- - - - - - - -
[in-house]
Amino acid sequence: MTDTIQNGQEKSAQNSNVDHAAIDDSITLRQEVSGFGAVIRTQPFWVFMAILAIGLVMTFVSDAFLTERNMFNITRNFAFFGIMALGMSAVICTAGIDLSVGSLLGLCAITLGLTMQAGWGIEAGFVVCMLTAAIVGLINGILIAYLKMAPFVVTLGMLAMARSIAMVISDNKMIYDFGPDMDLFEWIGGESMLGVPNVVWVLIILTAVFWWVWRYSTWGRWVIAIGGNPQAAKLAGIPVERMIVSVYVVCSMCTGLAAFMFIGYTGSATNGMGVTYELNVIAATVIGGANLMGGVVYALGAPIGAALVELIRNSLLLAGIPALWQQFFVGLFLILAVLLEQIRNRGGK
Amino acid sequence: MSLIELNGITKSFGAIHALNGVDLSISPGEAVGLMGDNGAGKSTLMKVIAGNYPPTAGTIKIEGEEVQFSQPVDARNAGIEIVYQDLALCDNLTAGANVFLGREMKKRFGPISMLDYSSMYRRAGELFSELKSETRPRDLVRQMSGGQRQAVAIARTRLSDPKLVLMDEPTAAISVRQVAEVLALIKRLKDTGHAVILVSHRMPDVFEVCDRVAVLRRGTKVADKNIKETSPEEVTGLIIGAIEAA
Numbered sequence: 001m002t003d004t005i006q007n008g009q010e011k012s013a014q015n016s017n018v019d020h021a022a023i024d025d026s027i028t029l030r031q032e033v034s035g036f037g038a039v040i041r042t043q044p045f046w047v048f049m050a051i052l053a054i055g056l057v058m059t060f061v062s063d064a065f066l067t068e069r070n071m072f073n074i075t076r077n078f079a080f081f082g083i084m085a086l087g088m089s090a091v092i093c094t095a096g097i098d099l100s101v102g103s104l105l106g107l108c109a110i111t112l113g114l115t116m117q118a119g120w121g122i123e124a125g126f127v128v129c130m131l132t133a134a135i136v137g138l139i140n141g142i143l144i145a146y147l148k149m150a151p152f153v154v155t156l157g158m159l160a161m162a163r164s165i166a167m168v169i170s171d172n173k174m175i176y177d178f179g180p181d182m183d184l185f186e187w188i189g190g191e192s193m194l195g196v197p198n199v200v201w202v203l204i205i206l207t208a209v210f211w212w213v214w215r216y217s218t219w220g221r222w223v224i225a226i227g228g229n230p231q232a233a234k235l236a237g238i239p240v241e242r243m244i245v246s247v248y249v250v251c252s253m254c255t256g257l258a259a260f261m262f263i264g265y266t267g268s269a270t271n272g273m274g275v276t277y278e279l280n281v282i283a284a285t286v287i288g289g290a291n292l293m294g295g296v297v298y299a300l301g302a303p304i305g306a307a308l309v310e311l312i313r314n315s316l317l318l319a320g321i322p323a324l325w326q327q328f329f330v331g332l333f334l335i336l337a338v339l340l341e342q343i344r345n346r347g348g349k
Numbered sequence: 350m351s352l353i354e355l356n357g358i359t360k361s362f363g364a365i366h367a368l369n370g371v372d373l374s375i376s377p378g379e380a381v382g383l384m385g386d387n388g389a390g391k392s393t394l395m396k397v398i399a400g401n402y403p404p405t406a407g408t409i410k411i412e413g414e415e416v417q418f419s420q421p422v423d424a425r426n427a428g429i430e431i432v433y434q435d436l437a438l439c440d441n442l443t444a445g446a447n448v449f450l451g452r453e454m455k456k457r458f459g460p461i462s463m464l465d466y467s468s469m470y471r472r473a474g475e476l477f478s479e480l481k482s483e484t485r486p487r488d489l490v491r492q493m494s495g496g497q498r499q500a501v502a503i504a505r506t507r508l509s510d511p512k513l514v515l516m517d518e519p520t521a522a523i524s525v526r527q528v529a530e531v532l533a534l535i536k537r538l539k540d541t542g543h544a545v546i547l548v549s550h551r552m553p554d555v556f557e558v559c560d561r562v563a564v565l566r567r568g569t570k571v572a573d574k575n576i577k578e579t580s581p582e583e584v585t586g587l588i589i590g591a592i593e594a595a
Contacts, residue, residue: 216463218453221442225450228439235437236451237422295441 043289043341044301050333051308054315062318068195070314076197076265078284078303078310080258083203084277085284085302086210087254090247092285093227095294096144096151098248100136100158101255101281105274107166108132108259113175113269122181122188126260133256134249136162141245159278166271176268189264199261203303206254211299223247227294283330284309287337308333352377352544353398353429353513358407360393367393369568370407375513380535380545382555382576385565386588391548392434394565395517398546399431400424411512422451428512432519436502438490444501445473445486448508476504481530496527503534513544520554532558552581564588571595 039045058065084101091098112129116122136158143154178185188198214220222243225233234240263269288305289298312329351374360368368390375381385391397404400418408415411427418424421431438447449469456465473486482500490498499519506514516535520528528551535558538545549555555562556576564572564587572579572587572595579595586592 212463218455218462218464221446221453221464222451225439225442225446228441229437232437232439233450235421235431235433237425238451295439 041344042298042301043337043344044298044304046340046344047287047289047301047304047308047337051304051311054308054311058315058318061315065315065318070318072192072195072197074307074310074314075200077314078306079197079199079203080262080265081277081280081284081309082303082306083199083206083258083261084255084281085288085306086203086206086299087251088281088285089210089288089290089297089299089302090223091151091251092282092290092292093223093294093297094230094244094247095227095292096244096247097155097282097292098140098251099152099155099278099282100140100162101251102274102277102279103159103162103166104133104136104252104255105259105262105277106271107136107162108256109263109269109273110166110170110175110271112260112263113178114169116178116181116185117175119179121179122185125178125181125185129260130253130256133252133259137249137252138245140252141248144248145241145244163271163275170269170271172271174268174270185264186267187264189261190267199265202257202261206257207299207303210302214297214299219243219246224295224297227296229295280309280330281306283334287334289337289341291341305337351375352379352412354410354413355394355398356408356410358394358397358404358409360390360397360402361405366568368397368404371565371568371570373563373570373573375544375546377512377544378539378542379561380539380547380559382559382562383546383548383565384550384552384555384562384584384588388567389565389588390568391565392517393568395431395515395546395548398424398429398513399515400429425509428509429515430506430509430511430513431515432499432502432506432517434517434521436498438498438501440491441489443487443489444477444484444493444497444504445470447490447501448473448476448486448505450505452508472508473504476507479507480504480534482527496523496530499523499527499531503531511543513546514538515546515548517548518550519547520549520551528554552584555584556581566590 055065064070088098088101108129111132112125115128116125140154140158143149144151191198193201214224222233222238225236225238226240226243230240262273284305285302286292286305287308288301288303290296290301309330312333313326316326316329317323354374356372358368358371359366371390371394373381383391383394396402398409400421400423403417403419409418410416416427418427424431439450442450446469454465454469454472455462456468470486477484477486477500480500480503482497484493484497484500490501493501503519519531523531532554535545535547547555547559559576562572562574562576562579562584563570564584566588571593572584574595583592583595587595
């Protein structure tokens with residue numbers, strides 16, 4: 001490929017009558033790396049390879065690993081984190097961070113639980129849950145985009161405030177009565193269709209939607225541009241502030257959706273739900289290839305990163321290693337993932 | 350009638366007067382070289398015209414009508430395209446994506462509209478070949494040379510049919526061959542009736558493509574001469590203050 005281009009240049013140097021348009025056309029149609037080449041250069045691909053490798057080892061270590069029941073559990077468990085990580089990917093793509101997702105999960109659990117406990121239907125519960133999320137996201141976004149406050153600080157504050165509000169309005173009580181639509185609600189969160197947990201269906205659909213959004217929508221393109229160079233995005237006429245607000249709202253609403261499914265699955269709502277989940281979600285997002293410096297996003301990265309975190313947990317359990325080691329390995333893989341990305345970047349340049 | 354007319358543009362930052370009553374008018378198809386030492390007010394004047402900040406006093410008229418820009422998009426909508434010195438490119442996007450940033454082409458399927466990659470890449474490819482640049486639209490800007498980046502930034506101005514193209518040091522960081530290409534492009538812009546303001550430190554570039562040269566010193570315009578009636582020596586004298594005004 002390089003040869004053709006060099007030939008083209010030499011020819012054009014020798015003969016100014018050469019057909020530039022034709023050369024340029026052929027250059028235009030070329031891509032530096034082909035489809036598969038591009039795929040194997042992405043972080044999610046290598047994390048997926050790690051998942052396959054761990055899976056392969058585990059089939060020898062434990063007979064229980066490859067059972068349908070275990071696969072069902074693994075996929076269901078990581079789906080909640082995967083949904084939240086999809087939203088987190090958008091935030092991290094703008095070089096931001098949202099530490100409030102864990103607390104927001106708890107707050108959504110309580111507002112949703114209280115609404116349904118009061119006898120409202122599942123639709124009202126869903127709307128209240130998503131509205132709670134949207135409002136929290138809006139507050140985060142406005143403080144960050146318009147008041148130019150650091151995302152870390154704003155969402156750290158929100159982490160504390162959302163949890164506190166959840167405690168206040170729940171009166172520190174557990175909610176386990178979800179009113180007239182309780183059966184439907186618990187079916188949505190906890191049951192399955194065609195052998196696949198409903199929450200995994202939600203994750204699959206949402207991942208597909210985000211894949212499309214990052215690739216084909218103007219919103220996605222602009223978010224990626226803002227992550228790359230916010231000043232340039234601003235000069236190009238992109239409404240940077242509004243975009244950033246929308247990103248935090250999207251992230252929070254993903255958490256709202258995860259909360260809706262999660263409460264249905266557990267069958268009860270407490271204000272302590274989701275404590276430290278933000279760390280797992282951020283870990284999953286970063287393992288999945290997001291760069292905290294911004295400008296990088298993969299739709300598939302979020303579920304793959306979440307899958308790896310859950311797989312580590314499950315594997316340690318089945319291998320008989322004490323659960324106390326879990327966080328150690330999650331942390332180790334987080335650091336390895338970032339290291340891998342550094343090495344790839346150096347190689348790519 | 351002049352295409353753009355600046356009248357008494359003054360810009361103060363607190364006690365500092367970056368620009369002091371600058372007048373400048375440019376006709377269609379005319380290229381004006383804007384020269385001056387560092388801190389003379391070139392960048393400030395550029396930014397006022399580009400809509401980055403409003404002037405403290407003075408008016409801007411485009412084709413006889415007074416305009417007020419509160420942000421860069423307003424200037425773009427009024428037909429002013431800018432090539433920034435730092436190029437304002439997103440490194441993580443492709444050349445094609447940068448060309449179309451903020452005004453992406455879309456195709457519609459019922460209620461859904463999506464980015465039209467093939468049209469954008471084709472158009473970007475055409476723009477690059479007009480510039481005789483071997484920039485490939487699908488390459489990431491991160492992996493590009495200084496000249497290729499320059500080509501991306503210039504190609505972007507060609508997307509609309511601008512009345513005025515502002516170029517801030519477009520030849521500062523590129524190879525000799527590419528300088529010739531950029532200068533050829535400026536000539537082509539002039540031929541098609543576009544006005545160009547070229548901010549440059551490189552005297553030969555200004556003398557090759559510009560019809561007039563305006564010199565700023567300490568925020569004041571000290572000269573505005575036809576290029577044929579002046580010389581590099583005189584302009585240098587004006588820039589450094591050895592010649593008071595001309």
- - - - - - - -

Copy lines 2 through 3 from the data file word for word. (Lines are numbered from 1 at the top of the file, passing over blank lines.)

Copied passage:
Amino acid sequence: MTDTIQNGQEKSAQNSNVDHAAIDDSITLRQEVSGFGAVIRTQPFWVFMAILAIGLVMTFVSDAFLTERNMFNITRNFAFFGIMALGMSAVICTAGIDLSVGSLLGLCAITLGLTMQAGWGIEAGFVVCMLTAAIVGLINGILIAYLKMAPFVVTLGMLAMARSIAMVISDNKMIYDFGPDMDLFEWIGGESMLGVPNVVWVLIILTAVFWWVWRYSTWGRWVIAIGGNPQAAKLAGIPVERMIVSVYVVCSMCTGLAAFMFIGYTGSATNGMGVTYELNVIAATVIGGANLMGGVVYALGAPIGAALVELIRNSLLLAGIPALWQQFFVGLFLILAVLLEQIRNRGGK
Amino acid sequence: MSLIELNGITKSFGAIHALNGVDLSISPGEAVGLMGDNGAGKSTLMKVIAGNYPPTAGTIKIEGEEVQFSQPVDARNAGIEIVYQDLALCDNLTAGANVFLGREMKKRFGPISMLDYSSMYRRAGELFSELKSETRPRDLVRQMSGGQRQAVAIARTRLSDPKLVLMDEPTAAISVRQVAEVLALIKRLKDTGHAVILVSHRMPDVFEVCDRVAVLRRGTKVADKNIKETSPEEVTGLIIGAIEAA